I read about a schoolboy who brought home his report card. It was heavy with poor
grades. "What have you to say about this?" asked his father. "One thing for
sure," the boy replied, "Dad, you can be proud. You know I haven't been
Morning Glory, August 12, 1993.
Exceptional winning streaks by teams at relatively obscure high schools or colleges are not uncommon, but even so we
feel an obligation to report that the girls' volleyball team at Dayville High School in Oregon ran off a string of 65 victories
before losing. What makes this streak so appealing is that Dayville High has only 18 girl students: 16 are on the
volleyball squad and the 17th keeps score.
Although Dayville is one of the smallest Class B high schools in the state, it won the Class A volleyball championship
for three years running. Part of its success must be due to its unbridled optimism. The letter that brought word of the winning
streak said that after the defeat, "The team rebounded and has a winning streak of one."
An optimist believes we live in the best of all possible worlds. A pessimist fears this is true.
The tire is only flat on the bottom. Winners see risk as opportunity. They see the rewards of
success in advance. They do not fear the penalties of failure. The winning individual knows that bad luck is attracted by
negative thinking and that an attitude of optimistic expectancy is the surest way to create an upward cycle and to attract the
best of luck most of the time. Winners know that so-called luck is the intersection of preparation and opportunity. If an
individual is not prepared, he or she simply does not see or take advantage of a situation. Opportunities are always around, but
only those who are prepared utilize them effectively.
Winners seem to be lucky because their positive self-expectancy enables
them to better prepared for their opportunities. When asked by a news reporter how she thought she would
do in one of her early career swimming meets in the United States several years ago, 14-year-old Australian Shane Gould replied, "I
have a feeling there will be a world record today." She went on to set two world records in the one-hundred- and two-hundred-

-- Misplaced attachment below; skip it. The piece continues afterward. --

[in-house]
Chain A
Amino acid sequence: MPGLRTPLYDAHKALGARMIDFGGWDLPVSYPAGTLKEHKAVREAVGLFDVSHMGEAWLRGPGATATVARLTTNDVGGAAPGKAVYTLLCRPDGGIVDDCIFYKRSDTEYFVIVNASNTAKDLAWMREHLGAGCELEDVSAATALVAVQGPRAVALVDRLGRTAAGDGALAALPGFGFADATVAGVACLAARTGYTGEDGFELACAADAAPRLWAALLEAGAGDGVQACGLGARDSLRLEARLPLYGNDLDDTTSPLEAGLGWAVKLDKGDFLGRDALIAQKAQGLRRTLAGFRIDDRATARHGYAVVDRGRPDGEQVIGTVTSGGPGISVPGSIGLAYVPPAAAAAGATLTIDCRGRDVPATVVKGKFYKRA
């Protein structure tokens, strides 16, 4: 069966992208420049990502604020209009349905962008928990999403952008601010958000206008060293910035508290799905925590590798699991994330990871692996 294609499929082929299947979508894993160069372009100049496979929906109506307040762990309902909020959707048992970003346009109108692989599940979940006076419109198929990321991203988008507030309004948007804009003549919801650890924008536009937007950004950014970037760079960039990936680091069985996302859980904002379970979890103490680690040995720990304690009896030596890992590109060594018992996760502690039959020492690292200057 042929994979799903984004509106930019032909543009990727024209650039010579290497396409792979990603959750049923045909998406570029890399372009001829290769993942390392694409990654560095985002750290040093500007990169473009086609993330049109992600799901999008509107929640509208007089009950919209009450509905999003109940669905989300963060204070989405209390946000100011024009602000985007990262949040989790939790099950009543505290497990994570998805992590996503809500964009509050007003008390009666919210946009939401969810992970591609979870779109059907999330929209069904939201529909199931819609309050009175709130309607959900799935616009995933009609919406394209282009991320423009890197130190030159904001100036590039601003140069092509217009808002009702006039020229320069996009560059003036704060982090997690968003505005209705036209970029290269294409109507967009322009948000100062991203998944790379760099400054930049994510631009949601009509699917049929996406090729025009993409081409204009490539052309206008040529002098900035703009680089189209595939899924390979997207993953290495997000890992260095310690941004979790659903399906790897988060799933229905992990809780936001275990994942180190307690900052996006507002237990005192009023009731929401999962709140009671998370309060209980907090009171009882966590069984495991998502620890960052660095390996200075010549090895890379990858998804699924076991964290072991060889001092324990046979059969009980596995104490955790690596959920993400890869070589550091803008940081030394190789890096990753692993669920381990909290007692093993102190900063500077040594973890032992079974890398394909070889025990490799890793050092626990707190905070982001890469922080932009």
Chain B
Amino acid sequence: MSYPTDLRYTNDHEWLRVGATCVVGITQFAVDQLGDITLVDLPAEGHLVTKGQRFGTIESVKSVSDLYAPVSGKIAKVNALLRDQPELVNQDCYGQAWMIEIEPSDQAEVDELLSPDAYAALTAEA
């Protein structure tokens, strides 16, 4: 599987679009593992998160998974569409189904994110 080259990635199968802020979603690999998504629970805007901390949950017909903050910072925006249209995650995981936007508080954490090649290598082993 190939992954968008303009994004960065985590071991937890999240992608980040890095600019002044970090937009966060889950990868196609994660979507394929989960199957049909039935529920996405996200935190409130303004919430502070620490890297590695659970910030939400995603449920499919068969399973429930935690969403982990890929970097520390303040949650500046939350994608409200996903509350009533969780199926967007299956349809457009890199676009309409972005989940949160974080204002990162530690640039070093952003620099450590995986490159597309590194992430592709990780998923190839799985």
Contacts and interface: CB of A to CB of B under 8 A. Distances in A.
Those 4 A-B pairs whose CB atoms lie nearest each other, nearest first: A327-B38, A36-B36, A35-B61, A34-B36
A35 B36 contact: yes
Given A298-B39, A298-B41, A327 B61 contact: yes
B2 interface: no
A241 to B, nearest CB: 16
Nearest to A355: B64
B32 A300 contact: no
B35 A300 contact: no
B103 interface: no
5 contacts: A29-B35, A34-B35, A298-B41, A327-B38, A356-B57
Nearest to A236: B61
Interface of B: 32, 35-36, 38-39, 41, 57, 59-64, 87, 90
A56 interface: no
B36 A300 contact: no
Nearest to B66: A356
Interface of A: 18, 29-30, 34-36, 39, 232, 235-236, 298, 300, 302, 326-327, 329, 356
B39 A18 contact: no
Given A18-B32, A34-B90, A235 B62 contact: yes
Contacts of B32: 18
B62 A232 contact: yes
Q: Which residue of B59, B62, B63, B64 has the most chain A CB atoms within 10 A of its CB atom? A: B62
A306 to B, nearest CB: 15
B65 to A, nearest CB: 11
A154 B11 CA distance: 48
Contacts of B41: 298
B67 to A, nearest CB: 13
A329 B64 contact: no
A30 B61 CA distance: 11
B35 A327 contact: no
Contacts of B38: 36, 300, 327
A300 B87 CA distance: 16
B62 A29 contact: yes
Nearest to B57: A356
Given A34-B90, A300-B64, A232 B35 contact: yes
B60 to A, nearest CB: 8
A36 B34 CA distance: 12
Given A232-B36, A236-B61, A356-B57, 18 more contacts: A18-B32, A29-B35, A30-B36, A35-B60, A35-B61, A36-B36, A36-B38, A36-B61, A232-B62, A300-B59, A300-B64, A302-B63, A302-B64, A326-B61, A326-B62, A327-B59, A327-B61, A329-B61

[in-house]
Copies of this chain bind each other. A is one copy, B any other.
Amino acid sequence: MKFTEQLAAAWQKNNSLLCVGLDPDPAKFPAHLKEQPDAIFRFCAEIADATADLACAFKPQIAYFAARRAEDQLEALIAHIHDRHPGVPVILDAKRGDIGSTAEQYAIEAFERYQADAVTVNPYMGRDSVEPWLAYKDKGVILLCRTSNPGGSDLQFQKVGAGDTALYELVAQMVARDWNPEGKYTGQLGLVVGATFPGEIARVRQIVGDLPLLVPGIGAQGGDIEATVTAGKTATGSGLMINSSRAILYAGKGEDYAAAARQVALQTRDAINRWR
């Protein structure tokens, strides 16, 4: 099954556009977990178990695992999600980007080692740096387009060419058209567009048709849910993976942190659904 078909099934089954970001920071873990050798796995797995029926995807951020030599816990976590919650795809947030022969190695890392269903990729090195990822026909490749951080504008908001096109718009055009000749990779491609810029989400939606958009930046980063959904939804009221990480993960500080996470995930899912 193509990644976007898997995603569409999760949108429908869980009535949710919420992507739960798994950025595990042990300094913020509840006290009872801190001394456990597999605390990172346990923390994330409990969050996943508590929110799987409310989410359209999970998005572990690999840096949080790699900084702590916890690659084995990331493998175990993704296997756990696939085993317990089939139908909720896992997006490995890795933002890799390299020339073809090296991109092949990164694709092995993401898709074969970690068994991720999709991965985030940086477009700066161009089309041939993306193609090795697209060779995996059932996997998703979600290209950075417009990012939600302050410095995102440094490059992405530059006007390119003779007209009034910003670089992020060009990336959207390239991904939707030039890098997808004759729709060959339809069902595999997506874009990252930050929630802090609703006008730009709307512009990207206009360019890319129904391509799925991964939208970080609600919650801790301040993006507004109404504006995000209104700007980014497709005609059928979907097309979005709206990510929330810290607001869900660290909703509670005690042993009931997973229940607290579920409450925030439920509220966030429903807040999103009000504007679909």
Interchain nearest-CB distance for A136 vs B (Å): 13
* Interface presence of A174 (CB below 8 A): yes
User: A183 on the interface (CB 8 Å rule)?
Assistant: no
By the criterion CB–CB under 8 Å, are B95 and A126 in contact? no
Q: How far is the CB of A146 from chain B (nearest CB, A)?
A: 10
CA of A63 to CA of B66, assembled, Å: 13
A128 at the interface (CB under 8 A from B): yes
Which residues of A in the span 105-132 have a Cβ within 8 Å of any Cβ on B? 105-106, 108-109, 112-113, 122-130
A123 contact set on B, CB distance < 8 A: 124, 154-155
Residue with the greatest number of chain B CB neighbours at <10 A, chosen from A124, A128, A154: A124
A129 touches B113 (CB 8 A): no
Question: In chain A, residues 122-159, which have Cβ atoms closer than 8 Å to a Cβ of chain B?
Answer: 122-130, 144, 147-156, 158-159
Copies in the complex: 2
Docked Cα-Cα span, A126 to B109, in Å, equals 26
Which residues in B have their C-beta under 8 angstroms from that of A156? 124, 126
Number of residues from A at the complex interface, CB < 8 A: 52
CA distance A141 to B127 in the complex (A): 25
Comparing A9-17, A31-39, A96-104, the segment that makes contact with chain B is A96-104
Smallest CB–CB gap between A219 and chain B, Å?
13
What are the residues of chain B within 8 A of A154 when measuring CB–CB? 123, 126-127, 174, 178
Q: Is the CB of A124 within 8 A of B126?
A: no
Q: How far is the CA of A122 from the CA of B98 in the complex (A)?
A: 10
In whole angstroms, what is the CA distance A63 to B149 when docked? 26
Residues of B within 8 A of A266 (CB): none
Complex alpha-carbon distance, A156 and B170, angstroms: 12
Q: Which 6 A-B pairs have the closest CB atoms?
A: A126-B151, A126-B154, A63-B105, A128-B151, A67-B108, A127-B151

meter freestyle events. When asked how she thought she would fare in the more testing, grueling, four-hundred-meter event,
Shane replied with a smile, "I get stronger every race, and besides ... by parents said they'd take me to Disneyland if I
win, and we're leaving tomorrow!" she went to Disneyland with three world records. At 16 she held five world records and
became one of the greatest swimmers of all time, winning three gold medals in the 1972 Olympics. She learned early about the
power of self-expectancy.
Denis Waitley in The Winner's Edge (Berkley Books) quoted in
Bits & Pieces, March 4, 1993, pp. 13-15.
As soon as I began unloading my groceries, the checkout clerk excused herself, saying she'd be right back. I continued
emptying my shopping cart when I heard a woman's voice behind me. "Pardon me," she said. "Is this line open, or are you just an
Patricia Carroll in Sunshine Magazine.
Two boys who were twins, one an incurable optimist, one a pessimist. The parents were worried about the extremes of
behavior and attitude and finally took the boys in to see a psychologist. The psychologist observed them a while and then
said that they could be easily helped.
He said that they had a room filled with all the toys a boy could want. They would put
the pessimist in that room and allow him to enjoy life. They also had another room that they filled with horse manure. They
put the optimist in that room. They observed both boys through one way mirrors. The pessimist continued to be a pessimist,
stating that he had no one to play with. They went to look in on the optimist, and were astounded to find him digging through the
manure. The psychologist ran into the room and asked what on earth the boy was doing. He replied that with all that manure,
he was sure there had to be a pony in the room somewhere.
I passed a sand lot yesterday,
Some kids were playing ball
I strolled along the third base line
Within the fielder's call.
"Say, what's the score?" I asked.
He yelled to beat the stuffing,
"There's no one out, the bases full,
They're winning forty-two to nothing!"
"You're getting beat, aren't you my friend?"
And then in no time flat
He answered, "No, sir, not as yet!
Our side hasn't been up to bat!"
During his days as president, Thomas Jefferson and a group of companions were traveling across the country on horseback. They
came to a river which had left its banks because of a recent downpour. The swollen river had washed the bridge away. Each
rider was forced to ford the river on horseback, fighting for his life against the rapid currents. The very real possibility of
death threatened each rider, which caused a traveler who was not part of their group to step aside and watch. After several had
plunged in and made it to the other side, the stranger asked President Jefferson if he would ferry him across the river. The
president agreed without hesitation. The man climbed on, and shortly thereafter the two of them made it safely to the other
As the stranger slid off the back of the saddle onto dry ground, one in the group asked him, "Tell me, why did you select
the president to ask this favor of?"
The man was shocked, admitting he had no idea it was the president who had helped him.
"All I know," he said, "Is that on some of your faces was written
the answer 'No,' and on some of them was the answer 'yes.' His was a 'Yes' face."
C. Swindoll, The Grace Awakening, Word, 1990, p. 6.